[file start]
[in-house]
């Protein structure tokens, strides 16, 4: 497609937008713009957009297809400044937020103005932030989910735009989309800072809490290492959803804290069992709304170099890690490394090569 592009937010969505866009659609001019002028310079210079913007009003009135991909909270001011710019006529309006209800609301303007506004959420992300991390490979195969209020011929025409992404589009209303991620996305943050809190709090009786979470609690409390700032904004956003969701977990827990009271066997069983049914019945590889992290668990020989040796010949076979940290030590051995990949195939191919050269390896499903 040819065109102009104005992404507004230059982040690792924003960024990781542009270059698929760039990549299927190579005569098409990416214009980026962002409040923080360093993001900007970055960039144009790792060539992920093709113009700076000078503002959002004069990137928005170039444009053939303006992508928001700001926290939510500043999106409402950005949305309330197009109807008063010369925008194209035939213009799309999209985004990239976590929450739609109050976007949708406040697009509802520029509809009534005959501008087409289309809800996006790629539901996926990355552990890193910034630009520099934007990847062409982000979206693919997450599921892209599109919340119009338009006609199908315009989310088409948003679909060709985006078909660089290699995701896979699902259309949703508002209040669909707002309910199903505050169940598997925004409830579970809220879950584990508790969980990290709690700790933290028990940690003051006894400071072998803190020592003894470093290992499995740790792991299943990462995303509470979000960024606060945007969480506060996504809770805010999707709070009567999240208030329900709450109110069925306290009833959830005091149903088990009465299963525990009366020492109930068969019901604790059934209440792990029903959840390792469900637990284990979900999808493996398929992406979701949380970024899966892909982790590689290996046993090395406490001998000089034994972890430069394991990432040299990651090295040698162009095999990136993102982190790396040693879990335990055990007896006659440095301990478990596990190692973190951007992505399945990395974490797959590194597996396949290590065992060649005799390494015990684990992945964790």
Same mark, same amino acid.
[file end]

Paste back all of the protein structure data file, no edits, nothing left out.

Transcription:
[in-house]
């Protein structure tokens, strides 16, 4: 497609937008713009957009297809400044937020103005932030989910735009989309800072809490290492959803804290069992709304170099890690490394090569 592009937010969505866009659609001019002028310079210079913007009003009135991909909270001011710019006529309006209800609301303007506004959420992300991390490979195969209020011929025409992404589009209303991620996305943050809190709090009786979470609690409390700032904004956003969701977990827990009271066997069983049914019945590889992290668990020989040796010949076979940290030590051995990949195939191919050269390896499903 040819065109102009104005992404507004230059982040690792924003960024990781542009270059698929760039990549299927190579005569098409990416214009980026962002409040923080360093993001900007970055960039144009790792060539992920093709113009700076000078503002959002004069990137928005170039444009053939303006992508928001700001926290939510500043999106409402950005949305309330197009109807008063010369925008194209035939213009799309999209985004990239976590929450739609109050976007949708406040697009509802520029509809009534005959501008087409289309809800996006790629539901996926990355552990890193910034630009520099934007990847062409982000979206693919997450599921892209599109919340119009338009006609199908315009989310088409948003679909060709985006078909660089290699995701896979699902259309949703508002209040669909707002309910199903505050169940598997925004409830579970809220879950584990508790969980990290709690700790933290028990940690003051006894400071072998803190020592003894470093290992499995740790792991299943990462995303509470979000960024606060945007969480506060996504809770805010999707709070009567999240208030329900709450109110069925306290009833959830005091149903088990009465299963525990009366020492109930068969019901604790059934209440792990029903959840390792469900637990284990979900999808493996398929992406979701949380970024899966892909982790590689290996046993090395406490001998000089034994972890430069394991990432040299990651090295040698162009095999990136993102982190790396040693879990335990055990007896006659440095301990478990596990190692973190951007992505399945990395974490797959590194597996396949290590065992060649005799390494015990684990992945964790």
Same mark, same amino acid.